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Eclipsed: Solar Eclipses: Home

Eclipse Path 2017

Eclipse Diagram

Image source: National Geographic

Eclipse Events at Willamette

Image source:

"The Great American Eclipse," the first solar eclipse to touch the continental United States since 1979, occurred right here in Salem on the morning of August 21st (10:18 a.m.).  The University gathered on the north lawn at 8 a.m.; eclipse began just after 9 a.m. and the totality began at 10:17 a.m. which lasted for almost two minutes.  

Thursday, Aug. 17 — 5:30 to 7:00 p.m.

Friday, Aug. 187:00 p.m.

Saturday, Aug. 197:30 p.m.

Monday, Aug. 218 a.m. to 11:30 a.m.

Willamette University Eclipse Gear

Purchase your official Willamette University glow-in-the-dark eclipse T-shirts and posters online or at the events above while supplies last. All items must be picked up in person at the above events or on the first floor of the Putnam University Center, 11:30 a.m.—1:30 p.m. today through Friday.

For details about these events and more at Willamette visit:

Preparation for the Event

Marion County and City of Salem have teamed up to provide local information about the Great Eclipse.  Their web page is

Helpful tips for health, safety, and preparedness:

  • Go grocery shopping early and have a week's worth of food on hand.
  • Fill fuel tanks of all your vehicles.
  • Refill prescriptions ahead of time.
  • Avoid scheduling doctor or dentist appointments between peak days.
  • Stock up on pet food and supplies.
  • Expect extremely long commute times. Highways and major arterial roads will operate above capacity.
  • Conserve water.  Avoid "extra" water use & water lawns during this time.
  • Conserve electricity by unplugging electronics when not in use.
  • Get cash to have on hand in case ATMs experience down times.
  • Overall, exercise patience.

USPS Forever Stamp

When heat is placed on this unique stamp the moon covering the Sun appears.  This stamp was specifically designed for this event.

Inspired Art

Onlooker Watches Solar Eclipse

How to Safely See the Best Total Solar Eclipse in a Century


Remember how a magnifying glass focuses light on a spot to burn something?  Your eyes are curved lens; they will do the exact same thing.  It will concentrate the Sun's light onto a very small spot on the back of your eye called the retina, and it will quickly burn your retina causing permanent damage. There are no pain receptors inside your eye, so you will not feel the heat or damage occur.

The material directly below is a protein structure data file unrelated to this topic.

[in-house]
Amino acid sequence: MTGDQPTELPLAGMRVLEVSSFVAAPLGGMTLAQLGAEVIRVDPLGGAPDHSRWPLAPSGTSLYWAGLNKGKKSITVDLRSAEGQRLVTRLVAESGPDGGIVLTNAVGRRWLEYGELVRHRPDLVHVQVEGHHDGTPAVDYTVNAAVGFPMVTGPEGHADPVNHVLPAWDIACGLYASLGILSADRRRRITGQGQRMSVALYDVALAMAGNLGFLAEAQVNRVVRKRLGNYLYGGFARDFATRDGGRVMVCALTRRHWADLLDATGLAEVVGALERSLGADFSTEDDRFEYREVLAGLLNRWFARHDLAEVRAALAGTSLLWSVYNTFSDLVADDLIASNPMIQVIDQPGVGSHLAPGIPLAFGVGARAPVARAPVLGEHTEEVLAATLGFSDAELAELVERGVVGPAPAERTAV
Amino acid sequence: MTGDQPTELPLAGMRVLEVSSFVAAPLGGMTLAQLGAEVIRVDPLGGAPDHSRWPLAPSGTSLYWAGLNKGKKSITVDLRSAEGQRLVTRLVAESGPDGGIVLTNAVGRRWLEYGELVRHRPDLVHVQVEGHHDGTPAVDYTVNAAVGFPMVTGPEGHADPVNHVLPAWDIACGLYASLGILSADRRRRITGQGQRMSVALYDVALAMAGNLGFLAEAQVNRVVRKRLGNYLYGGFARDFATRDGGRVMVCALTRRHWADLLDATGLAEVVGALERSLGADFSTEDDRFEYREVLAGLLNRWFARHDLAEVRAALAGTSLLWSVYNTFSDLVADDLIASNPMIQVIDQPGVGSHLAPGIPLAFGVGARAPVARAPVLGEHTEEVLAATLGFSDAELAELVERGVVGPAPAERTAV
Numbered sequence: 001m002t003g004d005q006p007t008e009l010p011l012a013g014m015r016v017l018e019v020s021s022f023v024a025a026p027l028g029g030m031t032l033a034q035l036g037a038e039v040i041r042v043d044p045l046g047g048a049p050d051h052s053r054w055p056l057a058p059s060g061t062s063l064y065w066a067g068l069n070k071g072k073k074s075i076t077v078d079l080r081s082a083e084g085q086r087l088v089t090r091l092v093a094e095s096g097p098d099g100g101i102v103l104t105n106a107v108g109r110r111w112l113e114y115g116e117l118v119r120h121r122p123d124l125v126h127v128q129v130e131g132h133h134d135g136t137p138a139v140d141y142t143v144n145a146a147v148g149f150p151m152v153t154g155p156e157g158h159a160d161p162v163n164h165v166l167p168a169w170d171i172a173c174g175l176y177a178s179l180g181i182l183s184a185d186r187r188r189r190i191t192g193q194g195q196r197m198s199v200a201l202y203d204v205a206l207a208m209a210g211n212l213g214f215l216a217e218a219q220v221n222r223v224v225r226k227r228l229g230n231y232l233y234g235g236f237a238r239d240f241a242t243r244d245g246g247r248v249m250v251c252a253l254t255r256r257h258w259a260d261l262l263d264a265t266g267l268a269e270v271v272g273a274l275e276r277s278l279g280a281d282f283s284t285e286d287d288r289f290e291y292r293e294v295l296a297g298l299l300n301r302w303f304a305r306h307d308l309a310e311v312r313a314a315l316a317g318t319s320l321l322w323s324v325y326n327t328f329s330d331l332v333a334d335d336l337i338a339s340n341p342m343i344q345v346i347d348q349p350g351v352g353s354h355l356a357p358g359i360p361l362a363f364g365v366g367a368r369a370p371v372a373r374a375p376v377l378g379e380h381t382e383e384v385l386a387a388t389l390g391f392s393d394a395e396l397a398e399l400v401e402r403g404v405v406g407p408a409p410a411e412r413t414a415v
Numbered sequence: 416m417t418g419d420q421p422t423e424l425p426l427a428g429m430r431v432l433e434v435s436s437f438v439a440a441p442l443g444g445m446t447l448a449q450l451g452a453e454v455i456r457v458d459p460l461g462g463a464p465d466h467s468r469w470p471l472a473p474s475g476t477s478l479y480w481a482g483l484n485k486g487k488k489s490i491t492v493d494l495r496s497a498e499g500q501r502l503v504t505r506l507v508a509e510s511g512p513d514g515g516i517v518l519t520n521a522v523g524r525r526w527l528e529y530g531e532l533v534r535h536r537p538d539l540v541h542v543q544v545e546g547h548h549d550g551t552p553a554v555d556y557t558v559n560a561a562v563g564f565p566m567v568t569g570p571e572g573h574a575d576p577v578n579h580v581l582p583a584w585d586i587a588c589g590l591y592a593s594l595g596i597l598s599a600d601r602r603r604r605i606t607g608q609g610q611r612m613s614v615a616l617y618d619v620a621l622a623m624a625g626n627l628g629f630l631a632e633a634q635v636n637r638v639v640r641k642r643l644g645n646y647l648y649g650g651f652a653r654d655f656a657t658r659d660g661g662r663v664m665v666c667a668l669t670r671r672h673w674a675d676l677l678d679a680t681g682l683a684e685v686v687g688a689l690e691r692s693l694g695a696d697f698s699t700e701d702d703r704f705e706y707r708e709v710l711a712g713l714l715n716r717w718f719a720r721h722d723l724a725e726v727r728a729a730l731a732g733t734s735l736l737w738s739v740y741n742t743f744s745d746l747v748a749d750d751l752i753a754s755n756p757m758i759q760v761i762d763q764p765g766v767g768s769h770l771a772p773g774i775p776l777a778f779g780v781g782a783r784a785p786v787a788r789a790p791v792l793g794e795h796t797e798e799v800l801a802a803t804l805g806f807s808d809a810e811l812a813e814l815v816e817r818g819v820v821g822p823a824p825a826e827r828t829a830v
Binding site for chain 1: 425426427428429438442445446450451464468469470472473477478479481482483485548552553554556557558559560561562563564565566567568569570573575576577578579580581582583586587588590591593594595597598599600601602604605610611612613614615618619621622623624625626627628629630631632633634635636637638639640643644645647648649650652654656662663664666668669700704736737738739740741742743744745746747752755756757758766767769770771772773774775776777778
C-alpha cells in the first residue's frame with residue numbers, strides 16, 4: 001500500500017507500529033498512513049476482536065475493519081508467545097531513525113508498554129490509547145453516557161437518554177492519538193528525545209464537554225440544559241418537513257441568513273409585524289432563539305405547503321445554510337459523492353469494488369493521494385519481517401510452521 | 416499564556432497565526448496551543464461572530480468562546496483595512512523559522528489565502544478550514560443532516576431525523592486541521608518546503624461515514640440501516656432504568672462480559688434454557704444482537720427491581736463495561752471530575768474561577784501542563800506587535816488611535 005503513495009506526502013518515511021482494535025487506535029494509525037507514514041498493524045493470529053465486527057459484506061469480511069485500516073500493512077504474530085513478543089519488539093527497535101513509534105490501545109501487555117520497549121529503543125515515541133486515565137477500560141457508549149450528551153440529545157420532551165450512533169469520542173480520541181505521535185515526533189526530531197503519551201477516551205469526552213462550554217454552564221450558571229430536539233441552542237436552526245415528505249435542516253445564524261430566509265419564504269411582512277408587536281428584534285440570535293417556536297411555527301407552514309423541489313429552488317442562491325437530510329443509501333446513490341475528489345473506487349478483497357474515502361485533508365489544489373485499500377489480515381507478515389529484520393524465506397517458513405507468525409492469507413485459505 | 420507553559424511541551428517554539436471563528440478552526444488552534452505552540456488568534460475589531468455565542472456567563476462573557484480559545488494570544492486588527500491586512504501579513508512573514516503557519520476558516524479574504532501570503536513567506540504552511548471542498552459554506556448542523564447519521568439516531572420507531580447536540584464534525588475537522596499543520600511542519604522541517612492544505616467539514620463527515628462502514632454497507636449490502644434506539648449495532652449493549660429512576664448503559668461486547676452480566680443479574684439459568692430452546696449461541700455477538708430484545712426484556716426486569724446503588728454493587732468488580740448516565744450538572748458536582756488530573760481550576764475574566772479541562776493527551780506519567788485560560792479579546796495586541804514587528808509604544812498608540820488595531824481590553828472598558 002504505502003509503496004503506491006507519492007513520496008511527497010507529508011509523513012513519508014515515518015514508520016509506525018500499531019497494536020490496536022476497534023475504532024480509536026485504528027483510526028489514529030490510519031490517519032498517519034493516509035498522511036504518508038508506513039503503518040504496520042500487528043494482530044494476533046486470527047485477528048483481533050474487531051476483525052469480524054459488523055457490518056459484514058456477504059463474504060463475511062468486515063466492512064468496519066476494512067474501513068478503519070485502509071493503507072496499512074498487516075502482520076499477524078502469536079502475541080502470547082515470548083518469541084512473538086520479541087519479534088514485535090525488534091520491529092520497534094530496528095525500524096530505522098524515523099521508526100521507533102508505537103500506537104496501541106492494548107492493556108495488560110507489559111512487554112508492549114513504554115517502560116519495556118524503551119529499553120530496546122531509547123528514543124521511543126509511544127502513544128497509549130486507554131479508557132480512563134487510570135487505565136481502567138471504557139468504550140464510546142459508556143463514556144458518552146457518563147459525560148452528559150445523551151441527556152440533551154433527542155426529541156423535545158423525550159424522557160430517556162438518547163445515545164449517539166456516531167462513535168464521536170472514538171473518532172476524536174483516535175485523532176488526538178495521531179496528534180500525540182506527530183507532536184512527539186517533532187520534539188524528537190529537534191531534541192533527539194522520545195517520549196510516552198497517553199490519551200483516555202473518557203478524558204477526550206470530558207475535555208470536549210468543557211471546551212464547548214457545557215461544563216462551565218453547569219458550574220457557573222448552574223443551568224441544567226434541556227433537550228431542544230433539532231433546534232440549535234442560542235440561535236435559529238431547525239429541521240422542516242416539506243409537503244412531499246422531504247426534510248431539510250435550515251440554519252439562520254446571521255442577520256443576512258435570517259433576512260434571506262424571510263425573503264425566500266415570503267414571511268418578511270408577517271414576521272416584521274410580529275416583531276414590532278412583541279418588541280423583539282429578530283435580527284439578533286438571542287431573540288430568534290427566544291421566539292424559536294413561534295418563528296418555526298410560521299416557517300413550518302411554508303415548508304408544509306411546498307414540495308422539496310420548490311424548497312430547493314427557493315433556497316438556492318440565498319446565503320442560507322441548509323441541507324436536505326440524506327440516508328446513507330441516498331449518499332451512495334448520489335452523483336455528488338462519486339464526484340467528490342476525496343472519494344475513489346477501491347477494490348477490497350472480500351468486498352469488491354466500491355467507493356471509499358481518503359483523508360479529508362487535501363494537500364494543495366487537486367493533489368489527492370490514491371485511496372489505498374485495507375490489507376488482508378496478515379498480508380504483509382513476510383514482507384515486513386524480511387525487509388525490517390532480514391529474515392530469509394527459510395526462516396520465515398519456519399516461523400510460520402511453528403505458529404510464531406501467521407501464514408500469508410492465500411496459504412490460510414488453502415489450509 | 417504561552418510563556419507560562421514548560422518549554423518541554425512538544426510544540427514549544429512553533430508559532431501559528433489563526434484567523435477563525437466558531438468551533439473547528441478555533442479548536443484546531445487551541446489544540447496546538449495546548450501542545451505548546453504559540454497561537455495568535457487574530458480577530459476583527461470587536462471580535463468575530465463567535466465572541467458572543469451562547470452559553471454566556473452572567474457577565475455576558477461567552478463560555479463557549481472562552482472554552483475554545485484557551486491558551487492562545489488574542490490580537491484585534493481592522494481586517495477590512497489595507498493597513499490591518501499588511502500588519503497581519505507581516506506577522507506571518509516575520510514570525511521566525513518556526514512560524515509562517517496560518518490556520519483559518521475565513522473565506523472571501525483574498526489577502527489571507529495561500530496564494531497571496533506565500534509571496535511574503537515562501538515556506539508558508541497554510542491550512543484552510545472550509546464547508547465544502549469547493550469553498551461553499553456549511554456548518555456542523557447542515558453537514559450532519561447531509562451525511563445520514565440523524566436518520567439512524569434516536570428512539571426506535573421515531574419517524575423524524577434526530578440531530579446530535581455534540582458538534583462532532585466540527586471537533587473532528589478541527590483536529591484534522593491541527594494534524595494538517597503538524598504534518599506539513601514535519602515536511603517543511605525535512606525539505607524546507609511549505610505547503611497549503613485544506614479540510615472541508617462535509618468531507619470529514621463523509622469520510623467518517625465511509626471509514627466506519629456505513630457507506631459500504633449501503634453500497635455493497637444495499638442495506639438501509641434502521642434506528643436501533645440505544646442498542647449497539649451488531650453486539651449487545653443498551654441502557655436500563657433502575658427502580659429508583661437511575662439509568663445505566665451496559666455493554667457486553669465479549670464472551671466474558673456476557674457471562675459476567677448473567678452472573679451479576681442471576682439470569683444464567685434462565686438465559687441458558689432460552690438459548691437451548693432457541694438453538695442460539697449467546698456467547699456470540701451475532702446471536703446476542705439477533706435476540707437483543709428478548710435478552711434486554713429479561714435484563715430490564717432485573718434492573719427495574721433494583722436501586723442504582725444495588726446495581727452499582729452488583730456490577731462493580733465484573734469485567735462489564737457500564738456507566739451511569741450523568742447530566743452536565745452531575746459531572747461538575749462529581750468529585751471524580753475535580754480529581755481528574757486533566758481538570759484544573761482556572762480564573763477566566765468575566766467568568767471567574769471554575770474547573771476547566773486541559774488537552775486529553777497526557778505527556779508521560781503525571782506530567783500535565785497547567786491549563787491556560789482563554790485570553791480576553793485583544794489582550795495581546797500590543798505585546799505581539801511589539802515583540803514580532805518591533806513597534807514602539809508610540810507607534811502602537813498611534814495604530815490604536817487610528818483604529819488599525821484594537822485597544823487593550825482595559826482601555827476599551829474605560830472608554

The only time you can look directly at the Sun is when the moon completely blocks the face of the Sun, during totality, which lasts from a few seconds to a few minutes.  

1. Pinhole Projector

Use or make a long box by taping together multiple boxes. Cut a one-inch hole in the center of one end of the long box, tape a piece of tin foil over the hole, and poke a small hole in the foil with a pin.  At the other end of the box, cut a good-sized viewing hole in the side of the box, and then put a piece of white paper inside at the end of the box.  Then aim the foil end of the box toward the sun so that you can see the spot of light on the piece of white paper.  

Image sources: & Sky and Telescope

2. Binocular "Pinhole" (more advanced)
Watch the video below to see how this is made.  A more crude method is to cover one lens of a binocular with your hand and shine the reflected light onto the ground or piece of paper.  Remember to NEVER look at the sun through binoculars! 

Video source:

Image Source: Sky and Telescope (Aug 2017)

3. Eclipse Glasses

Eclipse Glasses are the easiest and one of the most safest ways to observe an eclipse and relatively cheap ($12 for pack of 5). Make sure that the glasses meet safety standards.  They should have "ISO 12312-2" printed on them and they would be made in 2015 or after.  Most welding goggles aren't that heavy duty.  They must be at shade 14 and highter to be dark enough to meet transmittance requirements (ISO 12312-2). 

4. Quick and Easy Viewing Options

Use your hands.  Hold up both hands with your fingers overlapping at right angles.  The holes between your fingers make pinholes. 

Use a tree.  Shade trees have patches of light that break through the branches and leaves and make pools of light.  


5. Use items with holes

Use a cheese grader, colander, aluminum pop can tab, paper with a round hole punch.  Most items with small holes will work!  

6. Use two pieces of cardboard or paper.

Cut a one-inch hole in one piece of cardboard, then hold it over the other piece of cardboard.


Image source:

During a Total Eclipse

The drop in temperature is very noticeable during an eclipse, and the amount depends on your location, length of eclipse, and amount the Sun is covered.  The graph above shows a 16 degree drop over a 90 minute period at Antarctica. The most dramatic temperature drop occurs during eclipse totality.  

The satellite image below shows the shadow case by the moon (lunar shadow).  

Inspired Food Art (Pinterest)

Sun cookies with an oregon moon covering them

Image source:

Chocolate popcorn covered with blue and pink candy string.

Image Source: Pinterest

Hot dogs wrapped in dough on a stick with cheese on the end.

Image source: Pinterest

Donuts with blue icing.

Image source: Pinterest

Blue colored cupcakes.

Image source: Pinterst

Sun and moon on a cake.

Image source: Pinterest

Sunshine cupcake made with candy corns on top.

Image source: Pinterest

blue/star candied apple

Image source: Pinterest

cookie with different stage bites in it resembling the eclipse

Image source: Pinterest